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Effective strategies to fund increased social housing


A joint lunchtime presentation by housing researchers Julie Lawson and Kathleen Flanagan

Start Date

13 Feb 2019 12:30 pm

End Date

13 Feb 2019 1:30 pm


Aurora Theatre, IMAS, Castray Esplanade Hobart

RSVP / Contact

No RSVP required. Enquiries to

Associate Professor Julie Lawson from the RMIT AHURI Research Centre, Centre for Urban Studies, is the lead researcher on an Australian Housing and Urban Research Institute (AHURI) inquiry into effective strategies for funding social housing.

In this joint presentation Dr Lawson will discuss the inquiry report, which evaluates the experience of public and private investment strategies in this sector both nationally and internationally; estimates the level of need (and backlog) for social housing in Australia for the next 20 years; and establishes the cost of procuring this housing across different land and construction markets.

The research modelled five alternative pathways to funding social housing and found the ‘capital grant’ model, supplemented by efficient financing, provides the most cost effective model for Australia. The research also established the current and future unmet need for social housing in different parts of Australia.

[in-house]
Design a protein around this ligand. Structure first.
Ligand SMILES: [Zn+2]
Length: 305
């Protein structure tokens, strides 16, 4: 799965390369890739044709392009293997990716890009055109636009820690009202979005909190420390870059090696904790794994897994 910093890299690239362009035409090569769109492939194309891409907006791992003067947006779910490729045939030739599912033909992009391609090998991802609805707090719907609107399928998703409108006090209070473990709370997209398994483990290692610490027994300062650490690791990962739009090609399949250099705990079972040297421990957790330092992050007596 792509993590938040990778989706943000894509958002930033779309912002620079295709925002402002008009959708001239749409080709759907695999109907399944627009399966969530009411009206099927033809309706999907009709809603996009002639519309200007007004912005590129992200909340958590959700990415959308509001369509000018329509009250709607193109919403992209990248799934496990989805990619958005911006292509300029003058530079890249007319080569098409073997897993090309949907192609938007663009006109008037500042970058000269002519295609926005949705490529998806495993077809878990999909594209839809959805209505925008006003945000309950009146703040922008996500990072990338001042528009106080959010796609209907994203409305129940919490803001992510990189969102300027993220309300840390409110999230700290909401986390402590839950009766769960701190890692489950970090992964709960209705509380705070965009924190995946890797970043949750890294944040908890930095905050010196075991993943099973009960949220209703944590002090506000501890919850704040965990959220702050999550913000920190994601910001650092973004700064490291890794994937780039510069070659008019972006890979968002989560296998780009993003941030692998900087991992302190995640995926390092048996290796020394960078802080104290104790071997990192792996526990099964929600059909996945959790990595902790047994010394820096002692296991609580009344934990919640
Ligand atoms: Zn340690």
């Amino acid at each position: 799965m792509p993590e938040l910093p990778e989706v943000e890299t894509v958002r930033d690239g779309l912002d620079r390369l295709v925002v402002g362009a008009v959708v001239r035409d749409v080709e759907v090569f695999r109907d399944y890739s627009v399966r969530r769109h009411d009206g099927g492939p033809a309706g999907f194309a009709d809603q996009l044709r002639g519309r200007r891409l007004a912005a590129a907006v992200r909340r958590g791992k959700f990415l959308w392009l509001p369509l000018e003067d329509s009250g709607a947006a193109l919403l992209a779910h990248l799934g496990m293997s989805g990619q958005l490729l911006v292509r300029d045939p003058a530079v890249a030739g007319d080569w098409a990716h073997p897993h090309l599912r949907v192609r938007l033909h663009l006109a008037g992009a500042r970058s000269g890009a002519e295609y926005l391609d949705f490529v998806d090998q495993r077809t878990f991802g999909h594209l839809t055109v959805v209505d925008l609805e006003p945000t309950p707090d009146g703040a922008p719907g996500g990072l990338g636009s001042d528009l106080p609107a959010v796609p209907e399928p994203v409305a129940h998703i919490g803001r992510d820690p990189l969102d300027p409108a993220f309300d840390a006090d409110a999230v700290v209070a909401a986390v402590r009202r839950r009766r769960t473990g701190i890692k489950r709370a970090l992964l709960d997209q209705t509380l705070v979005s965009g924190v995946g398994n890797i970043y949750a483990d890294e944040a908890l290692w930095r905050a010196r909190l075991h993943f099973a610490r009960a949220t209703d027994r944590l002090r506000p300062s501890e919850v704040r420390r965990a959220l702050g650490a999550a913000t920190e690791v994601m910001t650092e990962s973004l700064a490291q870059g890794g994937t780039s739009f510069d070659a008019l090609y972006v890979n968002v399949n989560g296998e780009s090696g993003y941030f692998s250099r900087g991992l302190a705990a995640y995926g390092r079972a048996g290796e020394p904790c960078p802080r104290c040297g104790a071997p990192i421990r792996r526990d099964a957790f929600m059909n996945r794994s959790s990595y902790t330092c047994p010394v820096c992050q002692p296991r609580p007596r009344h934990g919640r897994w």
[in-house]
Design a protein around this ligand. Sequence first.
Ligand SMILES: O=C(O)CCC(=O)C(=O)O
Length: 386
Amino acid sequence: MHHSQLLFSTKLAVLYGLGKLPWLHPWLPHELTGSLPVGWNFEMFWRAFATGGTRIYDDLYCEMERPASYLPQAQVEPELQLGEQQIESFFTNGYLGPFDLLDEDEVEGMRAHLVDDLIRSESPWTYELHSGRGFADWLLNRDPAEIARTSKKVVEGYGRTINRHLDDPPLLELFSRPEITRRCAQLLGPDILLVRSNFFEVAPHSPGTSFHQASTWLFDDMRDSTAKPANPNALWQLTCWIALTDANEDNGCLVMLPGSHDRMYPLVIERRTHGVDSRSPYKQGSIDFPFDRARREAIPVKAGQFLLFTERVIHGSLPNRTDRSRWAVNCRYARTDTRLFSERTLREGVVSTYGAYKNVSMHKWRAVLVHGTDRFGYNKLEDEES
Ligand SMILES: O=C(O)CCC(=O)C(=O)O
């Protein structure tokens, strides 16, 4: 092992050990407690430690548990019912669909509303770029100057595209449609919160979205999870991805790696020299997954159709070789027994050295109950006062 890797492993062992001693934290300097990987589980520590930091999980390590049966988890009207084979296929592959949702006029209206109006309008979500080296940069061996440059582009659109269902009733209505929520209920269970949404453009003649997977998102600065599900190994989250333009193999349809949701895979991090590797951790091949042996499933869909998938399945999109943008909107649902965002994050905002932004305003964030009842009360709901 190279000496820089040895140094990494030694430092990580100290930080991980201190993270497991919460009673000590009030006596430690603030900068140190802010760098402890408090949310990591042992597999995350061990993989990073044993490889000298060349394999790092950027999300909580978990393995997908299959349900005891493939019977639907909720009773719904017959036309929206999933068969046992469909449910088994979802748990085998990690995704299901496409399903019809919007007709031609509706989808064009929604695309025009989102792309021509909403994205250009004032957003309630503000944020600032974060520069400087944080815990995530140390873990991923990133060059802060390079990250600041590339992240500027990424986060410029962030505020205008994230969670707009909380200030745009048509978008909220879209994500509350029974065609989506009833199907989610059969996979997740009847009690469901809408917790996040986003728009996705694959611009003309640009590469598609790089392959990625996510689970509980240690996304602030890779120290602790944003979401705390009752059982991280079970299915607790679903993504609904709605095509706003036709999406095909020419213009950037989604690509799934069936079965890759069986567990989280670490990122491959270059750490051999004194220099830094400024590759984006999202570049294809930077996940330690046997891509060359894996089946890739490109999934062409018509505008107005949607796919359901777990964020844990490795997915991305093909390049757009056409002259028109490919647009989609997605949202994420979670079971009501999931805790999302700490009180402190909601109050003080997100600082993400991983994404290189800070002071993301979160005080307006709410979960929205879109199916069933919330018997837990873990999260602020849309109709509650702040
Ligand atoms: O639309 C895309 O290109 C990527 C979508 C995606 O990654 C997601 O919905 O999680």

Demographic and financial modelling has also been undertaken of the estimated need and cost to government of five different investment scenarios from direct mission driven equity investment to private financing with an operating subsidy.

The results have important policy implications for the scale and direction of  social housing investment in Australia, including the newly established National Housing Finance Investment Corporation.

In this lunchtime presentation you will also hear from the University of Tasmania's Dr Kathleen Flanagan, Deputy Director of the Housing and Community Research Unit (HACRU) on her latest report into social housing.

Dr Flanagan is a co-author of the Institute for the Study of Social Change's recent Tasmanian housing reports.


Institute for Social Change
University of Tasmania
Private Bag 44


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